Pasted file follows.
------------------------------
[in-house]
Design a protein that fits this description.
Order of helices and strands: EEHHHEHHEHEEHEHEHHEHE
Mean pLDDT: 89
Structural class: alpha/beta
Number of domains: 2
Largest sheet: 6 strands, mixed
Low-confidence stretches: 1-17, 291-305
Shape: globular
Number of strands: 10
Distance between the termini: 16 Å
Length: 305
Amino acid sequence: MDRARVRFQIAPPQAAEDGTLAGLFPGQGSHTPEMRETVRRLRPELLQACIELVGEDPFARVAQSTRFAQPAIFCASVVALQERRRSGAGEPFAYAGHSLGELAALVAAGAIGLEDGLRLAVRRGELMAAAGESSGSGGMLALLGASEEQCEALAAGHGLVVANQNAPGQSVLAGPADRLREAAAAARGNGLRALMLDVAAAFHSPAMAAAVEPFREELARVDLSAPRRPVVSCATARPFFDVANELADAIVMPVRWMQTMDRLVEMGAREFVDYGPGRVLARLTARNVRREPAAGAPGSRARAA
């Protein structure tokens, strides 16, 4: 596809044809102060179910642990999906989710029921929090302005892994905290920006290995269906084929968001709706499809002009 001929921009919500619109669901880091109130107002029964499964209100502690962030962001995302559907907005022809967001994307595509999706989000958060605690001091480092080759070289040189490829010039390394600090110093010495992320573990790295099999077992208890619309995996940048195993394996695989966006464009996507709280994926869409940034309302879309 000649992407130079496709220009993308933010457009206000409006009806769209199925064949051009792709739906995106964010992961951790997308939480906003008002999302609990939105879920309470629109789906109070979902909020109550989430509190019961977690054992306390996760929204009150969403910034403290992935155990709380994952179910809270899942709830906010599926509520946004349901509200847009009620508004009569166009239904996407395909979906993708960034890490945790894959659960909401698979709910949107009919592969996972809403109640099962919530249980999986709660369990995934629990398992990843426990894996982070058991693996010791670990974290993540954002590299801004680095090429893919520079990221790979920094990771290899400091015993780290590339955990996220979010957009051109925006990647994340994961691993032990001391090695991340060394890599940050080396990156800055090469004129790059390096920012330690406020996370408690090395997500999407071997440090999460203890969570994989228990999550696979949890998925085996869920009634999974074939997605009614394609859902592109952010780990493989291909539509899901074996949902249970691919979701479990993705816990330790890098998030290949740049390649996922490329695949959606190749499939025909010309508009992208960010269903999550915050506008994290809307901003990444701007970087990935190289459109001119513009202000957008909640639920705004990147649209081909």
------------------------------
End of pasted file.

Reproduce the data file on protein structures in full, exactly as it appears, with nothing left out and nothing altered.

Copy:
[in-house]
Design a protein that fits this description.
Order of helices and strands: EEHHHEHHEHEEHEHEHHEHE
Mean pLDDT: 89
Structural class: alpha/beta
Number of domains: 2
Largest sheet: 6 strands, mixed
Low-confidence stretches: 1-17, 291-305
Shape: globular
Number of strands: 10
Distance between the termini: 16 Å
Length: 305
Amino acid sequence: MDRARVRFQIAPPQAAEDGTLAGLFPGQGSHTPEMRETVRRLRPELLQACIELVGEDPFARVAQSTRFAQPAIFCASVVALQERRRSGAGEPFAYAGHSLGELAALVAAGAIGLEDGLRLAVRRGELMAAAGESSGSGGMLALLGASEEQCEALAAGHGLVVANQNAPGQSVLAGPADRLREAAAAARGNGLRALMLDVAAAFHSPAMAAAVEPFREELARVDLSAPRRPVVSCATARPFFDVANELADAIVMPVRWMQTMDRLVEMGAREFVDYGPGRVLARLTARNVRREPAAGAPGSRARAA
């Protein structure tokens, strides 16, 4: 596809044809102060179910642990999906989710029921929090302005892994905290920006290995269906084929968001709706499809002009 001929921009919500619109669901880091109130107002029964499964209100502690962030962001995302559907907005022809967001994307595509999706989000958060605690001091480092080759070289040189490829010039390394600090110093010495992320573990790295099999077992208890619309995996940048195993394996695989966006464009996507709280994926869409940034309302879309 000649992407130079496709220009993308933010457009206000409006009806769209199925064949051009792709739906995106964010992961951790997308939480906003008002999302609990939105879920309470629109789906109070979902909020109550989430509190019961977690054992306390996760929204009150969403910034403290992935155990709380994952179910809270899942709830906010599926509520946004349901509200847009009620508004009569166009239904996407395909979906993708960034890490945790894959659960909401698979709910949107009919592969996972809403109640099962919530249980999986709660369990995934629990398992990843426990894996982070058991693996010791670990974290993540954002590299801004680095090429893919520079990221790979920094990771290899400091015993780290590339955990996220979010957009051109925006990647994340994961691993032990001391090695991340060394890599940050080396990156800055090469004129790059390096920012330690406020996370408690090395997500999407071997440090999460203890969570994989228990999550696979949890998925085996869920009634999974074939997605009614394609859902592109952010780990493989291909539509899901074996949902249970691919979701479990993705816990330790890098998030290949740049390649996922490329695949959606190749499939025909010309508009992208960010269903999550915050506008994290809307901003990444701007970087990935190289459109001119513009202000957008909640639920705004990147649209081909």